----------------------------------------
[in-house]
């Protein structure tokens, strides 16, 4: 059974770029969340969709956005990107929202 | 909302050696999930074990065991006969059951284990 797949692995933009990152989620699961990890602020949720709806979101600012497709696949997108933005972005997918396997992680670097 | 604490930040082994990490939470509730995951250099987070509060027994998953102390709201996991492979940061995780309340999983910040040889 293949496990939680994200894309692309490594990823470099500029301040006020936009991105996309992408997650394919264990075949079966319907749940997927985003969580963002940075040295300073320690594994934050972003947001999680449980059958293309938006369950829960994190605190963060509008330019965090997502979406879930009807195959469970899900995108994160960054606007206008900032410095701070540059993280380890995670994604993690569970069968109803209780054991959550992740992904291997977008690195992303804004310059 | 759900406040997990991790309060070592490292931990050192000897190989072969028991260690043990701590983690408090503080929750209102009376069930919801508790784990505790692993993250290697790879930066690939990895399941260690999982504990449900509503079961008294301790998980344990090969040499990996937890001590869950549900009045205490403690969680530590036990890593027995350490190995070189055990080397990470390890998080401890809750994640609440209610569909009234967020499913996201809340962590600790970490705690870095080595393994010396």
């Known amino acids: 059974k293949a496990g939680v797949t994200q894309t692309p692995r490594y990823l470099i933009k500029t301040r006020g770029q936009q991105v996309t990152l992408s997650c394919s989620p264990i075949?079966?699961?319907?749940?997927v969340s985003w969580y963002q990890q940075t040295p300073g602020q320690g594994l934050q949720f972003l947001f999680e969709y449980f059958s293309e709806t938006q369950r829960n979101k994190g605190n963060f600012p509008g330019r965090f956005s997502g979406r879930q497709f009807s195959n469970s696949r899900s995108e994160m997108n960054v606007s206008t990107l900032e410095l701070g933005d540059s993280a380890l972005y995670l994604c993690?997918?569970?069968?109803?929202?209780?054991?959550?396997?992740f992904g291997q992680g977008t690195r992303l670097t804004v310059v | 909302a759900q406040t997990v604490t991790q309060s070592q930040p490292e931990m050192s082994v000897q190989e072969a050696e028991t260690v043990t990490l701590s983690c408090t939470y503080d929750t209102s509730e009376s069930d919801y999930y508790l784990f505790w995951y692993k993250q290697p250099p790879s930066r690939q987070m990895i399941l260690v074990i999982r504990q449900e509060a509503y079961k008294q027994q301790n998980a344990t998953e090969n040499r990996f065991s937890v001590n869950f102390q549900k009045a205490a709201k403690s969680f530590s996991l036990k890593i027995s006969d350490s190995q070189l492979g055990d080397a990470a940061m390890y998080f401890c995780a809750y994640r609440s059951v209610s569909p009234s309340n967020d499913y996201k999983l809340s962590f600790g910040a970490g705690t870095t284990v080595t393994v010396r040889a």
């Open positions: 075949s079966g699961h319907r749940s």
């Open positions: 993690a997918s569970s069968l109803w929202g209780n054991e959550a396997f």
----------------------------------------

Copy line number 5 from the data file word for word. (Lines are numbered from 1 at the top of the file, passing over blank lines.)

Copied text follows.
């Open positions: 993690a997918s569970s069968l109803w929202g209780n054991e959550a396997f």